Allan Schwartz, LCSW, Ph.D. was in private practice for more than thirty years. He is a Licensed Clinical Social Worker in the states ...Read More
Two recent studies came up with some interesting results that may seem obvious but I believe are important in confirming what we know and that is important. One study found that there really are differences in the brains of men and women. Pretty obvious, huh? Maybe not so obvious when you consider the fact that there was a time when it was thought that male-female behavioral differences were learned as a result of cultural attitudes and training.
Of course, the influence of culture should never be dismissed but it makes sense that male and female brains would be different if you simply consider the impact of hormones such as testosterone in men and estrogen in women. While it is true that all people have a certain amound of these hormones in their bodies, regardless of gender the ratio or amounts of each hormone are radically different. This study pointed out that the differences between male and female brains will deeply influence medical treatment. In fact, Alzheimer’s disease apparently affects males and female differently and this will result in different treatments.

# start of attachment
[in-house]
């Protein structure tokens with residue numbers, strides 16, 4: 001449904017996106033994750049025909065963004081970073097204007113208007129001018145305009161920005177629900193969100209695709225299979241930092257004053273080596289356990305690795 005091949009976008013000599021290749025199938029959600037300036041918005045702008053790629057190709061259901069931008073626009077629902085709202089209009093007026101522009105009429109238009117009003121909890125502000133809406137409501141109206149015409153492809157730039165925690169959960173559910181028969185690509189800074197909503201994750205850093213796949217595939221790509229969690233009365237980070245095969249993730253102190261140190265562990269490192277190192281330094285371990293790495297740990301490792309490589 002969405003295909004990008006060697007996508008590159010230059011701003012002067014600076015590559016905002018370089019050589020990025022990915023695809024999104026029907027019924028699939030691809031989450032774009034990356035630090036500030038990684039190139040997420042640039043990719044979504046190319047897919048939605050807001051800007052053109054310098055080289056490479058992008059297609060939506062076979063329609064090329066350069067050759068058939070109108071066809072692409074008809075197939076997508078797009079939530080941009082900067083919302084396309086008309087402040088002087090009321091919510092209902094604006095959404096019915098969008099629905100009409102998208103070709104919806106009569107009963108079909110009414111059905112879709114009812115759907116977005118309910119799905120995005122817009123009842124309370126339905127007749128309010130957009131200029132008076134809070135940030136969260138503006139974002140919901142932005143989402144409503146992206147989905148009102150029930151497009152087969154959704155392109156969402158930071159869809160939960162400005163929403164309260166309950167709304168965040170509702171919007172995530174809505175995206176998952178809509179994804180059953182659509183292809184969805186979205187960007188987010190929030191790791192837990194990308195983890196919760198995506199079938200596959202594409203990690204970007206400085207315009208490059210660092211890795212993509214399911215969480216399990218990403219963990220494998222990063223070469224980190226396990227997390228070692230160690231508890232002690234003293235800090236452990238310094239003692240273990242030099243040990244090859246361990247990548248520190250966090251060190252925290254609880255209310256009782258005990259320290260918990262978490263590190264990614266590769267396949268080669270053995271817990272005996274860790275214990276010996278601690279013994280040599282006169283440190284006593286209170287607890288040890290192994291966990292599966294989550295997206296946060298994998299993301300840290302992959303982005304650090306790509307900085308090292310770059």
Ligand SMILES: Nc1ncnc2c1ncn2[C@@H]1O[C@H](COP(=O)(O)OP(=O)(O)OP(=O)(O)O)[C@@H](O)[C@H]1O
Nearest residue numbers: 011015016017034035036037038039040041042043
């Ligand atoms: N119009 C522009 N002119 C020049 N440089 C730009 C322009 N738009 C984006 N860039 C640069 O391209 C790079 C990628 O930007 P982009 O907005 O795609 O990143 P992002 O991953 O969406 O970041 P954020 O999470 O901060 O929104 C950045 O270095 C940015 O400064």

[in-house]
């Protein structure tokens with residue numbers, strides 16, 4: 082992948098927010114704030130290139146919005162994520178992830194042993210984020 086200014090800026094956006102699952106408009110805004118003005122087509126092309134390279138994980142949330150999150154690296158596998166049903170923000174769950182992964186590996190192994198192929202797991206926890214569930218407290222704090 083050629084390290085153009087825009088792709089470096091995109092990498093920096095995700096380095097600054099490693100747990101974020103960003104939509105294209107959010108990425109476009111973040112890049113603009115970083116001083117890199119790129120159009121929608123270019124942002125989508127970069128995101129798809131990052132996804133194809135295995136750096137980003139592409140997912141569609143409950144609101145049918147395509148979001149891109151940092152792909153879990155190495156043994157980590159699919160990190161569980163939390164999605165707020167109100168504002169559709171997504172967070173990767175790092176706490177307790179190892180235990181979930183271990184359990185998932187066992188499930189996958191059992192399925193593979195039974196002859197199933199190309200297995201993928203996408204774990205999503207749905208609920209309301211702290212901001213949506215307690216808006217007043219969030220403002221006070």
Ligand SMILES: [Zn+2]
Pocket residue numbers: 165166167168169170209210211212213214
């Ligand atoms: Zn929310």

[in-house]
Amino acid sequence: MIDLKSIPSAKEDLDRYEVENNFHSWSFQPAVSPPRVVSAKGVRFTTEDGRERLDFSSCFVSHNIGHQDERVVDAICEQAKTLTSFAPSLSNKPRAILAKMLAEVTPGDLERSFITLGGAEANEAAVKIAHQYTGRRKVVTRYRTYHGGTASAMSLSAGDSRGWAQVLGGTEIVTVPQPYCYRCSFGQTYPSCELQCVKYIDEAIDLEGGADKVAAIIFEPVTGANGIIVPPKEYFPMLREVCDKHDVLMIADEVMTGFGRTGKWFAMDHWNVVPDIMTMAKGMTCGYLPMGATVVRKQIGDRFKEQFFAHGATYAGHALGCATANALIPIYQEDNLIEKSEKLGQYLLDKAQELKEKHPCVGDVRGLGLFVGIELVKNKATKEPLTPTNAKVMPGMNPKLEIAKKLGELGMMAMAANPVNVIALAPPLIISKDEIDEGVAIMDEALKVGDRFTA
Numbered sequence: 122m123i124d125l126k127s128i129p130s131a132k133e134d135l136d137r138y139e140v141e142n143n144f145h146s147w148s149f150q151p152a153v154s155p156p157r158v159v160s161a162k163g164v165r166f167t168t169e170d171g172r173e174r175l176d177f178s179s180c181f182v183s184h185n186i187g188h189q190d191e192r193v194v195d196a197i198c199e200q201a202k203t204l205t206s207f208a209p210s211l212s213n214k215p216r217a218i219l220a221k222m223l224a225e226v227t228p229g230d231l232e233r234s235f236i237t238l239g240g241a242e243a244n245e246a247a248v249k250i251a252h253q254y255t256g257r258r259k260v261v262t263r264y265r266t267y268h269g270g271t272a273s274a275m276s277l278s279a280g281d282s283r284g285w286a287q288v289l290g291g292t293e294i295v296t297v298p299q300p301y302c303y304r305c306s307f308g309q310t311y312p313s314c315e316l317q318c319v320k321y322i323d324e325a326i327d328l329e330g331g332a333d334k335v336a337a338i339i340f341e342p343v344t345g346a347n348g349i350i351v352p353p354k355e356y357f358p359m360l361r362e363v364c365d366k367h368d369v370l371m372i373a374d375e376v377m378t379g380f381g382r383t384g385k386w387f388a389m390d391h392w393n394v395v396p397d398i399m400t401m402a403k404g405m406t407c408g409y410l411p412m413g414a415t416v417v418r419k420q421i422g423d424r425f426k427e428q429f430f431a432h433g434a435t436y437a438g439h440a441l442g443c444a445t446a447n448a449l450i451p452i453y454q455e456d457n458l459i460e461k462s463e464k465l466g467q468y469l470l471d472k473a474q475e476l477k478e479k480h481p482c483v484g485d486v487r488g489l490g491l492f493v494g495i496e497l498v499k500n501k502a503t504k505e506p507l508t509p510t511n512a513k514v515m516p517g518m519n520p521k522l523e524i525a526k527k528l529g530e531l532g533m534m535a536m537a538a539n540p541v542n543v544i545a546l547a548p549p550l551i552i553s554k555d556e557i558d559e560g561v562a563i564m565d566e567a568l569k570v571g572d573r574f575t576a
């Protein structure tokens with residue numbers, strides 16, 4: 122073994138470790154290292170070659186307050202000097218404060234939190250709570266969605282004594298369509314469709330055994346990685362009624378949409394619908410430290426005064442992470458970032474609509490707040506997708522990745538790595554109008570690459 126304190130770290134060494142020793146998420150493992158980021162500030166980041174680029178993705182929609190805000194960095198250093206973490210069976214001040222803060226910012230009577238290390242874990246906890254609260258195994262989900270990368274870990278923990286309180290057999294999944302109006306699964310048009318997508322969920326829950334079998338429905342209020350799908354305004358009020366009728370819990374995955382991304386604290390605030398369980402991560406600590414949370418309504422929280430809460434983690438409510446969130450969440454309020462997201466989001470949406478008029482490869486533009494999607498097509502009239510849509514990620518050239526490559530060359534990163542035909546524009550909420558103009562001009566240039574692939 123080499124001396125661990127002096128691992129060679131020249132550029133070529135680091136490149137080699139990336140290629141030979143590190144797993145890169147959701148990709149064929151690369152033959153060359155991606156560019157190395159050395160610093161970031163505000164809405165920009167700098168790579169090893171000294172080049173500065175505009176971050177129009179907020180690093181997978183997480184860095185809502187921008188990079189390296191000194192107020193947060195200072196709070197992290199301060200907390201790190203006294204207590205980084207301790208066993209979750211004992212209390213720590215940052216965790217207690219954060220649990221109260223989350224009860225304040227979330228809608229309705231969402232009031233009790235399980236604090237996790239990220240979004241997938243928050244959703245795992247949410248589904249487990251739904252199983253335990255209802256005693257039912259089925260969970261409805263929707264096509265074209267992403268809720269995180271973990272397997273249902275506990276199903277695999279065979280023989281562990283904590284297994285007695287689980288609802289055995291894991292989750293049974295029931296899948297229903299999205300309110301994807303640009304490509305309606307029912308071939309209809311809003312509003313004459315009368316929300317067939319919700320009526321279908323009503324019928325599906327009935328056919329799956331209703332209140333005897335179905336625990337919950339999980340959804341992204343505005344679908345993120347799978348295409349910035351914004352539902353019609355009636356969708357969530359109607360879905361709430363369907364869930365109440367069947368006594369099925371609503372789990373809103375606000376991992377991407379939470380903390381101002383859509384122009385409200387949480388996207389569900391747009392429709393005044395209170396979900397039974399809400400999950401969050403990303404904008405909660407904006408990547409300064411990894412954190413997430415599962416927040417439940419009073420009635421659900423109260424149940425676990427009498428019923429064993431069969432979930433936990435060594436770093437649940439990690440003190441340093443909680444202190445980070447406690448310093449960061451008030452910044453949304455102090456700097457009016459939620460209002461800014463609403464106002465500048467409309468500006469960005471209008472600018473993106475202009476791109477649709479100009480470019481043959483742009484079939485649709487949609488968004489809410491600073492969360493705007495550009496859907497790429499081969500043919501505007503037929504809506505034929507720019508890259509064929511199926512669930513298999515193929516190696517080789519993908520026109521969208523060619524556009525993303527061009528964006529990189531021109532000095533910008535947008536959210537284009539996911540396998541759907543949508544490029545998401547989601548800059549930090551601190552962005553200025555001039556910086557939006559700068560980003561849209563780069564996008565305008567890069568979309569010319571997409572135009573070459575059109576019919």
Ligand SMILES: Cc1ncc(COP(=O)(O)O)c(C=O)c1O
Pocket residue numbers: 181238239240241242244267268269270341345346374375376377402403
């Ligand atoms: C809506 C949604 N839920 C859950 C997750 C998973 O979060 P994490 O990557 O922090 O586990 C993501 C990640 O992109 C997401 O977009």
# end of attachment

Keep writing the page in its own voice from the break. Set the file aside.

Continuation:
Almost as a reinforcement of the study on brain differences another study revealed that mothers really are hard wired to meet the needs of their babies. For example, this study showed that mothers really are able to decipher the different types of crying from their babies and understand why they are crying. Mothers can detect the difference between a cry for feeding versus a cry from pain or discomfort. They can also hear the difference between the cries of their own baby versus that of someone else’s baby.
So, why do I think these studies are important beyond the implications for medical treatment?
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If you remember, there was a period of time during the 1980’s and 1990’s when society moved in an androgenous direction out of the belief that there are no real male/female differences other than reproductive organs. Part of that androgenous movement was a result of the important and necessary women liberation movement. At the time it seemed as if society was claiming that there is a homogeneity to everything. There are basic differences that form the reality of life on our planet. However, "different" does not mean unequal. As the French have always said: "Viva la difference!" We need to celebrate difference and diversity while dismissing inequality on every level.
What are your thoughts about this issue?